You are here

Cape Tribulation 1998

Submitted by admin on Sun, 03/11/2012 - 17:24

Crossing the Daintree I arrived at Cairns airport in the afternoon, spent the night in town, and then got on a tour bus to Cape Tribulation. The cape is north of Cairns and is surrounded by rainforest. It was named by Captain Cook and is the place where things started going wrong for him. It was just off Cape Trib, that he found the Great Barrier Reef the hard way, and lots of the place names are similarly negative. One of the mountains is called Mount Sorrow.

The Jungle Tours bus takes you straight up to Cape Trib, with only a short stop in Mossman, where they sort out the paperwork and you get the chance to grab something to eat. It's on the way back that you get to see the various attractions on the way. The reason they gave for this was that it was better to get there early, so that we could book some of the day tours before everyone else turned up. The tours included horse riding and scuba diving and they get fully booked quite quickly. I had already booked my diving trip, so it didn't make much difference to me.

There are two main places to stay in Cape Trib. One, called Crocodylus, is a quiet, relaxing kind of place. The other, PK's Jungle Village, isn't. So I stayed at PK's. They've got two types of accommodation; wooden huts sleeping 8 people and tents. The tents have the somewhat grand name of PK's Jungle Inn, and several people were complaining that they hadn't realised it would be tented accommodation.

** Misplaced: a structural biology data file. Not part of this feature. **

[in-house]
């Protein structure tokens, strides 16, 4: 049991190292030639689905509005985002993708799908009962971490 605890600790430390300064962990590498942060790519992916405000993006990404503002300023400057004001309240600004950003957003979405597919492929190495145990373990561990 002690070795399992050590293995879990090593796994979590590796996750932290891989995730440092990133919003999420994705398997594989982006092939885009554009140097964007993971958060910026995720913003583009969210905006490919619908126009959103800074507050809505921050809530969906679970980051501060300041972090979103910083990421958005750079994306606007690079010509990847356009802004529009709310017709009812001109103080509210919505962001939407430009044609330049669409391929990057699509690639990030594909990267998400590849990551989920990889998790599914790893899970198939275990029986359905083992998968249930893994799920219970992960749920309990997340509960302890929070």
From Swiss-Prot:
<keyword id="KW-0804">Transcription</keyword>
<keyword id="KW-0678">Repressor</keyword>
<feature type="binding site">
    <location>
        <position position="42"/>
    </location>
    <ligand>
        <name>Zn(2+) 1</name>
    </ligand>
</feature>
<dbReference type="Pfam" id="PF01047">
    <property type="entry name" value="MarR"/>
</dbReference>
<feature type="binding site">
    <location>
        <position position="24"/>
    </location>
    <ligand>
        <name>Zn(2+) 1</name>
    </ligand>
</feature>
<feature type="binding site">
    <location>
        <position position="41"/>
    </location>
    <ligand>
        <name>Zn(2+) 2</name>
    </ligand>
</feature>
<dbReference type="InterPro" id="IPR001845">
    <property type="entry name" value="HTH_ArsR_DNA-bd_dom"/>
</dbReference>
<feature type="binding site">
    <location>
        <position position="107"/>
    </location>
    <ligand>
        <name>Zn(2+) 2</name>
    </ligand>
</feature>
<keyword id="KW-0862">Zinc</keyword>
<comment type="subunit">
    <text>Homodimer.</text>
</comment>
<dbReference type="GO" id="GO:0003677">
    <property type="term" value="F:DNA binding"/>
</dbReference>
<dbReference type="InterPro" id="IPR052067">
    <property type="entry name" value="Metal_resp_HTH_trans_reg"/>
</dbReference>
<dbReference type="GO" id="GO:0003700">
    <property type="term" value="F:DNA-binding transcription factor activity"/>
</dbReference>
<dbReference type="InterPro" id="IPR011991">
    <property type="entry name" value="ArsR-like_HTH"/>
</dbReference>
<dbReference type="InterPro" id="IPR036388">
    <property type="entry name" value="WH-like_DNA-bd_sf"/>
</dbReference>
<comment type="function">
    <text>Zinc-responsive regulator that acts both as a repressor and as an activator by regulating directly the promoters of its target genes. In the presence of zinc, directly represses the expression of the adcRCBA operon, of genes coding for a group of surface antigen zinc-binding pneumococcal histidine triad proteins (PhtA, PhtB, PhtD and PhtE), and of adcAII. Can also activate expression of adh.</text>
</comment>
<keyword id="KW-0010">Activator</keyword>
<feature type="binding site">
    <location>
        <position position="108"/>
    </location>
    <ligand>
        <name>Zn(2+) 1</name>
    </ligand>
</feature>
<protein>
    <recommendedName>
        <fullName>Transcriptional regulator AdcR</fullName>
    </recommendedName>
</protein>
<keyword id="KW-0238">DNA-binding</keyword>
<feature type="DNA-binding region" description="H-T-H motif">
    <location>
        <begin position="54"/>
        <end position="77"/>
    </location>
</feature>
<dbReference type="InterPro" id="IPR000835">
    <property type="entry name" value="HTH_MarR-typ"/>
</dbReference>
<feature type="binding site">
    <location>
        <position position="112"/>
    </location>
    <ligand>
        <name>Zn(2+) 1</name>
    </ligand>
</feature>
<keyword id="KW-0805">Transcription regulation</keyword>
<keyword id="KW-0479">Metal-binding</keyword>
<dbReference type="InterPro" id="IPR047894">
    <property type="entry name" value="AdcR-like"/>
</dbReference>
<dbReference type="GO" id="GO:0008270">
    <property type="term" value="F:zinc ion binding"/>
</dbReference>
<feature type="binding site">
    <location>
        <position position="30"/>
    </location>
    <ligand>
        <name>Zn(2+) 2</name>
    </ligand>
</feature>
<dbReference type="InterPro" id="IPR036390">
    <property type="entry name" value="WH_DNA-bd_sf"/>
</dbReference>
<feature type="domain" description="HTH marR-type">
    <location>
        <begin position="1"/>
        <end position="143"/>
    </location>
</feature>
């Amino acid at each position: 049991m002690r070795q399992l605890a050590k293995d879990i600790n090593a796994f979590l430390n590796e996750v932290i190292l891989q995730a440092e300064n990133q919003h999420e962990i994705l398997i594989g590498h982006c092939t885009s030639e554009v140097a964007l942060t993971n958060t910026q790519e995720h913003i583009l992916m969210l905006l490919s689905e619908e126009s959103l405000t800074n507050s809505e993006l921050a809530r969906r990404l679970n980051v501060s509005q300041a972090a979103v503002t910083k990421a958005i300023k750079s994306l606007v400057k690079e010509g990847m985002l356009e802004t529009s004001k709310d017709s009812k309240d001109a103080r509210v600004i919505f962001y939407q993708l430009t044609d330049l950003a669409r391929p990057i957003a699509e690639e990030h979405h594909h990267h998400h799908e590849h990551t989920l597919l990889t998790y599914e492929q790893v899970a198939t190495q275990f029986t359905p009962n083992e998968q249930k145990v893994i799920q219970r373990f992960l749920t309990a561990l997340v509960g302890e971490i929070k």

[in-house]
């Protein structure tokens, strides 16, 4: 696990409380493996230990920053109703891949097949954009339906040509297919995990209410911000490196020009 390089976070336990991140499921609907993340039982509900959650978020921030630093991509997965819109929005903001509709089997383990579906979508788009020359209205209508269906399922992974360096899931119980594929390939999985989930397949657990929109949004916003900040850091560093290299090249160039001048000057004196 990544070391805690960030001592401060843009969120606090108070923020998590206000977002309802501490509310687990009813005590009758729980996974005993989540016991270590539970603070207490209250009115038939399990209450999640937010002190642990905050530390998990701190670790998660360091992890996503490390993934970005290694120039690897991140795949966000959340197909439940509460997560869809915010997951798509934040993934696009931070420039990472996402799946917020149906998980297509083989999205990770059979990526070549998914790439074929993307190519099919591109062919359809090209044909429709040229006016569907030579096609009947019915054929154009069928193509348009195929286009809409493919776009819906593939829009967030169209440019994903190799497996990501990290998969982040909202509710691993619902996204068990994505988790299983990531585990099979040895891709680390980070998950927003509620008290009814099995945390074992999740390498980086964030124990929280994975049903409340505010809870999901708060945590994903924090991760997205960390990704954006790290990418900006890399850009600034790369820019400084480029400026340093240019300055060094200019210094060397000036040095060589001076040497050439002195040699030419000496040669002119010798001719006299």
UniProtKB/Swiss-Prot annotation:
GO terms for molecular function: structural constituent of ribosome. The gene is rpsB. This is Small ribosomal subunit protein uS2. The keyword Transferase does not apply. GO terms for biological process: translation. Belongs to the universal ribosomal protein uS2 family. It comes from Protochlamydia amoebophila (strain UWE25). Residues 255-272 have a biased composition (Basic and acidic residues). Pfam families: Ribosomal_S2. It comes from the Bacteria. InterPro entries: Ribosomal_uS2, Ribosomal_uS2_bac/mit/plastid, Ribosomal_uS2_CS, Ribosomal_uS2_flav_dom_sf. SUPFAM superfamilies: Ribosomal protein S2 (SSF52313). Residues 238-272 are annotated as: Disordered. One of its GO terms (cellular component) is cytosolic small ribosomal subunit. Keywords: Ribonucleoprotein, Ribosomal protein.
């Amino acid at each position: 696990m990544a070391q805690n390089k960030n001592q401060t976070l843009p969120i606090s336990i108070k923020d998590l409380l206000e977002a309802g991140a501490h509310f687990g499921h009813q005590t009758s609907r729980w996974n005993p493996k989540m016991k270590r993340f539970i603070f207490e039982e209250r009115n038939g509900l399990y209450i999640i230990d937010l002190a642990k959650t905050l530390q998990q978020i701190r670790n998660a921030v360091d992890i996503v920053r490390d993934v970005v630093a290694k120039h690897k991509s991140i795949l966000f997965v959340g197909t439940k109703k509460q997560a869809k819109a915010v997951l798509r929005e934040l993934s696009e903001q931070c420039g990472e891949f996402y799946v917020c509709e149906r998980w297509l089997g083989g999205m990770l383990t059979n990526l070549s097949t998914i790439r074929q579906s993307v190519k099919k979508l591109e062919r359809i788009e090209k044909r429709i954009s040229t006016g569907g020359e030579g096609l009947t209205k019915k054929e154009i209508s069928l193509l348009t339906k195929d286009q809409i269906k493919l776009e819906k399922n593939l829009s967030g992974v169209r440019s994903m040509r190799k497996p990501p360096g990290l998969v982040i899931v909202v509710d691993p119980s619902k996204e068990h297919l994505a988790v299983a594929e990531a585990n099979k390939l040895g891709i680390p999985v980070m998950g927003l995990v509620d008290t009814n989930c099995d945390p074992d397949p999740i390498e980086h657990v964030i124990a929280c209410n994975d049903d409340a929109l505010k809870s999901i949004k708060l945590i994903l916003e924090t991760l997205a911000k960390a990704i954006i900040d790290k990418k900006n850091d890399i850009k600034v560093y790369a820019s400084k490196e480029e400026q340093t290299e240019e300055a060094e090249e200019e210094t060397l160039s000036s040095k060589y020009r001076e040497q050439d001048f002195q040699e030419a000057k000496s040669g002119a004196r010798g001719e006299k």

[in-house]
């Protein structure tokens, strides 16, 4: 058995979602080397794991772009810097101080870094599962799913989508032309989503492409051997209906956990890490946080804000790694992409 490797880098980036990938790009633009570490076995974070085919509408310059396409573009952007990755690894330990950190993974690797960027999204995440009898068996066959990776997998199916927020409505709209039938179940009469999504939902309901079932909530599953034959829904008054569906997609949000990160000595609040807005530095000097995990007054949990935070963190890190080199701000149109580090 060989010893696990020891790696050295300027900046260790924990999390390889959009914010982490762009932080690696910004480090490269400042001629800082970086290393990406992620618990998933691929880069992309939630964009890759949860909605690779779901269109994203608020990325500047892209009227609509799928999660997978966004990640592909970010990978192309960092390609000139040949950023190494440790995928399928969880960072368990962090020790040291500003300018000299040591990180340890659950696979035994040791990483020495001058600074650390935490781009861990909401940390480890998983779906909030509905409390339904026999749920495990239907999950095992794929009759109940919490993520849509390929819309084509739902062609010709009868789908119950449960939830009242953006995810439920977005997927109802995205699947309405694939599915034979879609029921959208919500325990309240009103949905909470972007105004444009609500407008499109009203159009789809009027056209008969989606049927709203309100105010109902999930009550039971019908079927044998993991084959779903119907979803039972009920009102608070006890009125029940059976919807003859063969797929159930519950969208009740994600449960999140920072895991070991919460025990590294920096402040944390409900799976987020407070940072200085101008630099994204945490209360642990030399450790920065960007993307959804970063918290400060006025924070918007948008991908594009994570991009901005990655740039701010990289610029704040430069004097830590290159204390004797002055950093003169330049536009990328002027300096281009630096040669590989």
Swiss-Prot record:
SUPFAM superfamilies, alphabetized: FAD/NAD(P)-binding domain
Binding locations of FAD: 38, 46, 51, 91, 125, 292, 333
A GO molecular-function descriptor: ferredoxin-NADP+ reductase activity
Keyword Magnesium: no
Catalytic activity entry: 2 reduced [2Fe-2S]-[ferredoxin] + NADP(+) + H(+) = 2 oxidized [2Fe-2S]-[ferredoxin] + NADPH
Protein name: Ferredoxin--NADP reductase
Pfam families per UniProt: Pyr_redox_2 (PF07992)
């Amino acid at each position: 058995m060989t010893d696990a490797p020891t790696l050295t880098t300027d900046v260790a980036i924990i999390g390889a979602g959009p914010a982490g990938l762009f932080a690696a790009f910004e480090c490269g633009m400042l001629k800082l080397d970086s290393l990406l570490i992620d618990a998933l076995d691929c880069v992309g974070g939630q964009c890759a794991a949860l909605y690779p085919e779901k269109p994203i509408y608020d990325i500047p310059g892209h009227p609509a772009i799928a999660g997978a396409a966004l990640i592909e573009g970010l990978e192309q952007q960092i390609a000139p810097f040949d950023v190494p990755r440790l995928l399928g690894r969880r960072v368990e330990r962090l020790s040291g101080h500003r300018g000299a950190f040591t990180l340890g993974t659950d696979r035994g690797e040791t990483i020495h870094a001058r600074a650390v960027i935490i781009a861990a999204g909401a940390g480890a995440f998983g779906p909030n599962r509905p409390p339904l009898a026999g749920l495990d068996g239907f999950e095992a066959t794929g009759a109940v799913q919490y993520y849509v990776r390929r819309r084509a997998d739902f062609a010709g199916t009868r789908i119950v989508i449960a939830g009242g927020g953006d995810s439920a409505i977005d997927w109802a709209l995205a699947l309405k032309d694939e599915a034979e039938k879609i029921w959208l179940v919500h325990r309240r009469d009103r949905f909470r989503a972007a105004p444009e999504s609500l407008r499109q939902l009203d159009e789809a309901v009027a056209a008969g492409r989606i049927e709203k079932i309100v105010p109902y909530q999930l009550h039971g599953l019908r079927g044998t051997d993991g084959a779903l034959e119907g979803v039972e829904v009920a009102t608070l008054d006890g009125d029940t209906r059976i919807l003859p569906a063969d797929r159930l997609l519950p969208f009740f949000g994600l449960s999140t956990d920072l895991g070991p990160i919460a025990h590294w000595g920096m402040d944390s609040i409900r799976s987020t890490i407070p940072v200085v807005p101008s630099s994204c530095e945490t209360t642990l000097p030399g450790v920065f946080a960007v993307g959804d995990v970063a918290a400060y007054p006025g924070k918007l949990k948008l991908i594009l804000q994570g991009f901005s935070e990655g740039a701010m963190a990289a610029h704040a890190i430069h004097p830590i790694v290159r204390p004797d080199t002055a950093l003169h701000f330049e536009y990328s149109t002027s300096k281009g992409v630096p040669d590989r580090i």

PK's also has a bar and they do have some less than subtle entertainment on alternate nights. It was quite quiet when I was there, with a few games on one night. Wednesday night is their big night and they were having a "Face and Body Painting Competition". Sadly I missed that.

The beach was only a few hundred yards from PK's. You reach it by walking along a boardwalk over the mangrove swamps. After arriving, I went for a walk along the beach and the heavens opened. I got absolutely soaked and the rain then kept up for most of the next two days and nights. Of course, you can't really complain about rain in a rainforest, but September is supposed to be the dry season.

The rainforest itself is the oldest virgin rainforest in the world. Once most of Australia was covered by forest but climate changes mean that very little of it survives. What I found so amazing was how dense the vegetation is. It would be very easy to get lost in it if you strayed from the paths.

The biggest animal in the forest is called a cassowary. It's a large flightless bird and has a kick so strong it can break your leg. Generally they're not a problem unless they're with their young. You're supposed to stand still and put your hands above your head in a triangle if one starts stamping its foot. This supposedly makes them think you're much bigger than them and they back down. I didn't get a chance to try this as I didn't see one. They're quite rare and getting rarer, because they keep getting hit by cars.

There are two boats that offer diving trips in Cape Trib. One is run by Rum Runner, and the other is called Jungle Diver. I was booked on Jungle Diver. Both boats go to the same reef, Mackay Reef, and they're both about the same price. The boats are not just for divers. There were far more snorkellers on our boat and they also do Try Dives.